Israel has security concerns that must be addressed and the Palestinians have a responsibility to respect their existence, and I believe should say that publicly. Palestinians have been under occupation way too long, have had their land continuously taken from them, experienced illegal settlements, jailed without representation at times for many years, it the list goes on and on and on.  It isn’t just Palestinians that are concerned about it. There are a great many liberal and orthodox Jews both here in the US and in Israel that are challenging their own government at this point.  I also know Palestinians who are challenging Palestinians.   These kinds of things give me hope.  No conflict is resolved by vilifying the other – only by partners who are willing to challenge the wrong from their own tribe.  The people in Gaza were driven out of their homes from other parts of Israel when Israel established a nation in 1948.  So the little town of Gaza then has grown to 1.7 million today.  There are a few million Jews and a few million Palestinians and neither side is going to be driven out – which means they will have to negotiate and resolve.   Read more

Blog: The Problem of Jesus Followers Loving War

by Bob Roberts Jr.

I hate war.  Most people do.  James Hillman wrote the book A Terrible love of War in which he studies the psychology of war.  Though we hate war, we romanticize it or view ourselves nobly while vilifying everyone else.  Jesus told us to be peacemakers, yet I’ve seen Christians sometimes get caught up in war mongering.  How can that be?  There are few living people that remain since WWII, so we don’t remember what it’s like for the entire world to be at war, and that’s dangerous.

The problem of war is its justification – once it’s justified, then using any means necessary is ok.  It’s not ok.  I’m not a pacifist.  I would be the first to defend my family or country from an invasion, and where the wholesale slaughter and genocide of innocents is concerned.   We should as Americans and human beings do all we can to stop the loss of life.  To let a single man or regime destroy life out of madness and not confront them is sinful in itself.  The whole world is erupting in war, and it will continue to do so.  The Central Africa Republic, Afghanistan, Iraq, Syria, Lebanon, Egypt, drug wars in Central and South America, Ukraine, Russia, Chechnya, Pakistan, proxy wars, Mali, Israel, Palestine, and others are  countries teetering on the brink of war . . . . this will not slow but only increase in the foreseeable future.   Read more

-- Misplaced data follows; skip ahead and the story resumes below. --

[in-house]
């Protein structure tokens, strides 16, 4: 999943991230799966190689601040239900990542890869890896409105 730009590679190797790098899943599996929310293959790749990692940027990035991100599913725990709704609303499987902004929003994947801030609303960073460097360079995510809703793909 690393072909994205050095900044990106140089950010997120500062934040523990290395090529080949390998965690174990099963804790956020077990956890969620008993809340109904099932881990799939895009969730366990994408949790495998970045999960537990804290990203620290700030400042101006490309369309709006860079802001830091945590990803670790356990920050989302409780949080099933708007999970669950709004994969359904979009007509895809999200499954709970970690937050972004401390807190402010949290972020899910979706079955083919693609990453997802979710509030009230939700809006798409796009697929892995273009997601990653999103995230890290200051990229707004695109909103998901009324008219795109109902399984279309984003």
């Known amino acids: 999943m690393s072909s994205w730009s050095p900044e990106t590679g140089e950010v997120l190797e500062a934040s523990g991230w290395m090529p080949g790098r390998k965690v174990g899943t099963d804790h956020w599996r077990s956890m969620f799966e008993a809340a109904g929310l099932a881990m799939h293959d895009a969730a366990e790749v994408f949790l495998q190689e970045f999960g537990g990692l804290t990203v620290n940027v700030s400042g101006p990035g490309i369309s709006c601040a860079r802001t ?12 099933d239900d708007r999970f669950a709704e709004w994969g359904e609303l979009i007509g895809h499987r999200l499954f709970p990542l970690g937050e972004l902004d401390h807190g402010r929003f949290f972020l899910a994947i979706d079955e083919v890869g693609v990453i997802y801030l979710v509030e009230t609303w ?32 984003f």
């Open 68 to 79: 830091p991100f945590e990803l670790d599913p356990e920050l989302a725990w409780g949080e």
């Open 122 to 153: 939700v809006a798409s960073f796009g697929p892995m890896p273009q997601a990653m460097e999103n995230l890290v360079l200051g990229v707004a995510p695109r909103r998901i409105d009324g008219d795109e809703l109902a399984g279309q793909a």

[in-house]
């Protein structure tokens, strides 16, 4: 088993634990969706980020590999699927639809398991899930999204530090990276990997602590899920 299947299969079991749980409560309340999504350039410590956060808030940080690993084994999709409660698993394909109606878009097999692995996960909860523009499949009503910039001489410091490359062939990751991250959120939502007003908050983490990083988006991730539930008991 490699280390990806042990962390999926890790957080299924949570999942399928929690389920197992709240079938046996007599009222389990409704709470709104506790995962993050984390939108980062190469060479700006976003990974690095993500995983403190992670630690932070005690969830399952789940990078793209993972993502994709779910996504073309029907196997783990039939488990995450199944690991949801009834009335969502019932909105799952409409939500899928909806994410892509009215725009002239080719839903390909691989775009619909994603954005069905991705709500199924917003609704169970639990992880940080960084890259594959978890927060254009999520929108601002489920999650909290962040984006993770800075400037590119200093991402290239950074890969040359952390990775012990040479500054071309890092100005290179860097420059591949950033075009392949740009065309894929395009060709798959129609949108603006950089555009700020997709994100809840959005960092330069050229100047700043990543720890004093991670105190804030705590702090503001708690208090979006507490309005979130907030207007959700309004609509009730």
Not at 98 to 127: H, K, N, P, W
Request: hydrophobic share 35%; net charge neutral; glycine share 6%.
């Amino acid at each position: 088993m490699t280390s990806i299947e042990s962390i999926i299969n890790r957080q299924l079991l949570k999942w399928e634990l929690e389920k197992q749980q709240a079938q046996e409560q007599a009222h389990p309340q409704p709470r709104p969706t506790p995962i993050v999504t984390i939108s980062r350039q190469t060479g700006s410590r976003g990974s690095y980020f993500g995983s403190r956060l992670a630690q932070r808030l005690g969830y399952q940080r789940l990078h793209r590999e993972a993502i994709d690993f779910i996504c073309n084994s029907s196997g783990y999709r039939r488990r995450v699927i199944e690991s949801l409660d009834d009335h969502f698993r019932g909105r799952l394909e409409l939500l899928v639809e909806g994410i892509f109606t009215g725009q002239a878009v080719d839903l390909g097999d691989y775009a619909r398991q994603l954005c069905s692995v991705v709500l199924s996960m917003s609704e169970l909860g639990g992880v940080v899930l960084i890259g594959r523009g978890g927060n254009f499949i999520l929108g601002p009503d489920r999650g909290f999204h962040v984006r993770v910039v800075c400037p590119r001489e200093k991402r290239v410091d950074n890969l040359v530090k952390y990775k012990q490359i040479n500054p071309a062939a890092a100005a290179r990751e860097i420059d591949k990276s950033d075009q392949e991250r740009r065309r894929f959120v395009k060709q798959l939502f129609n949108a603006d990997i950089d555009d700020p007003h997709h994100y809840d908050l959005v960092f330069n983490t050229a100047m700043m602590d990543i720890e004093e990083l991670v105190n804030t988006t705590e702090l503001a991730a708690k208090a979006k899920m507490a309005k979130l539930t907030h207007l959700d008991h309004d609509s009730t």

Blog: Blowing Your Horn and Hearing Things Differently

by Scott Prickett

When I was in the ninth grade, I played the trumpet. While I don’t think I ever played it particularly well, I played it well enough to be invited to go on a trip with the high school band to London, England. We were living in Germany at the time (my father was in the Army), but still, this was a pretty cool opportunity.

We traveled around London playing concerts for English elementary schools. Sometimes when we got done with the concert at a particular school we would hang out with the kids and play soccer. There were times that when we got done and were leaving, the children would want our autographs, as crazy as that sounds. They apparently thought us as some kind of celebrities and apparently looked up to us.  Read more

Blog: Getting Out of the Way Without Getting Out of the Action

By Scott Prickett

We make it so unnecessarily difficult. We carry a burden which was never for us to carry and actually believe, with largely good intentions, that we are needed for things to advance. We mistaken our skills as abilities we have developed as opposed to gifts we have received and then are proud to offer these gifts to the Gift-giver as if we have something original to offer. It’s a cycle of narcissism fueled in pride that creates unnecessary disappointments and allows for unwarranted credit.

The Kingdom of God will advance in the timing and planning of God. He’s got this. The Kingdom doesn’t need a single one of us, yet the King chooses to include us. The purpose He provides us in the inclusion of His Kingdom is life-giving. It’s a pleasure to serve the King.  Read more